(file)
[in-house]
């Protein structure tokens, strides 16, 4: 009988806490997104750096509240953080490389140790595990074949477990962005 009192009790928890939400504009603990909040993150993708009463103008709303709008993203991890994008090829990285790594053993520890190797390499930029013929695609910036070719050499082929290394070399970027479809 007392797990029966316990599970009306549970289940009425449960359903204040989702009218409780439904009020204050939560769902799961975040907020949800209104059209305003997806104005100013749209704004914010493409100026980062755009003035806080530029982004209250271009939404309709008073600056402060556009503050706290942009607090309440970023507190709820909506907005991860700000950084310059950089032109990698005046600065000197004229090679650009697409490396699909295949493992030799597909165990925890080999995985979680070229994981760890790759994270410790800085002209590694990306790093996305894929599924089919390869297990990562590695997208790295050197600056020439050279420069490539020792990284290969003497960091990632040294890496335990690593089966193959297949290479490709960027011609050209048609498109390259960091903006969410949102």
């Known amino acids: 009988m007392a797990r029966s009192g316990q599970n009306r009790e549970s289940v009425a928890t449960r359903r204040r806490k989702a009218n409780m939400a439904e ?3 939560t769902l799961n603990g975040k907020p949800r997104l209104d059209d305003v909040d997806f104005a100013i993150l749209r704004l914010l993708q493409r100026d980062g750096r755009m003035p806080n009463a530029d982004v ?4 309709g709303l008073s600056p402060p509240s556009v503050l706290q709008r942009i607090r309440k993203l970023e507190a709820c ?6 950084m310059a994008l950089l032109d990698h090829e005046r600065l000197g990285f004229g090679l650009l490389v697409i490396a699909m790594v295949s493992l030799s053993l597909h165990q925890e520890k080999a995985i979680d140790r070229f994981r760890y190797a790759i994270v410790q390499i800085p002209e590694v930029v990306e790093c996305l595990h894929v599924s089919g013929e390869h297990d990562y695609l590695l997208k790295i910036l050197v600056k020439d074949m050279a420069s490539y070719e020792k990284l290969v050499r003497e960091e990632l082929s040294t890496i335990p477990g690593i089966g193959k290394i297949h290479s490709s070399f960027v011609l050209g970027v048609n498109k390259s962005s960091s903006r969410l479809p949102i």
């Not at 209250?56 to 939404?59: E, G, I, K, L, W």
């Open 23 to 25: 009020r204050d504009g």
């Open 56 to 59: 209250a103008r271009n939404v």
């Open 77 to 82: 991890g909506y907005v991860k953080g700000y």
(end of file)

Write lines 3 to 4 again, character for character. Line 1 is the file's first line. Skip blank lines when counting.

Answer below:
């Known amino acids: 009988m007392a797990r029966s009192g316990q599970n009306r009790e549970s289940v009425a928890t449960r359903r204040r806490k989702a009218n409780m939400a439904e ?3 939560t769902l799961n603990g975040k907020p949800r997104l209104d059209d305003v909040d997806f104005a100013i993150l749209r704004l914010l993708q493409r100026d980062g750096r755009m003035p806080n009463a530029d982004v ?4 309709g709303l008073s600056p402060p509240s556009v503050l706290q709008r942009i607090r309440k993203l970023e507190a709820c ?6 950084m310059a994008l950089l032109d990698h090829e005046r600065l000197g990285f004229g090679l650009l490389v697409i490396a699909m790594v295949s493992l030799s053993l597909h165990q925890e520890k080999a995985i979680d140790r070229f994981r760890y190797a790759i994270v410790q390499i800085p002209e590694v930029v990306e790093c996305l595990h894929v599924s089919g013929e390869h297990d990562y695609l590695l997208k790295i910036l050197v600056k020439d074949m050279a420069s490539y070719e020792k990284l290969v050499r003497e960091e990632l082929s040294t890496i335990p477990g690593i089966g193959k290394i297949h290479s490709s070399f960027v011609l050209g970027v048609n498109k390259s962005s960091s903006r969410l479809p949102i």
């Not at 209250?56 to 939404?59: E, G, I, K, L, W």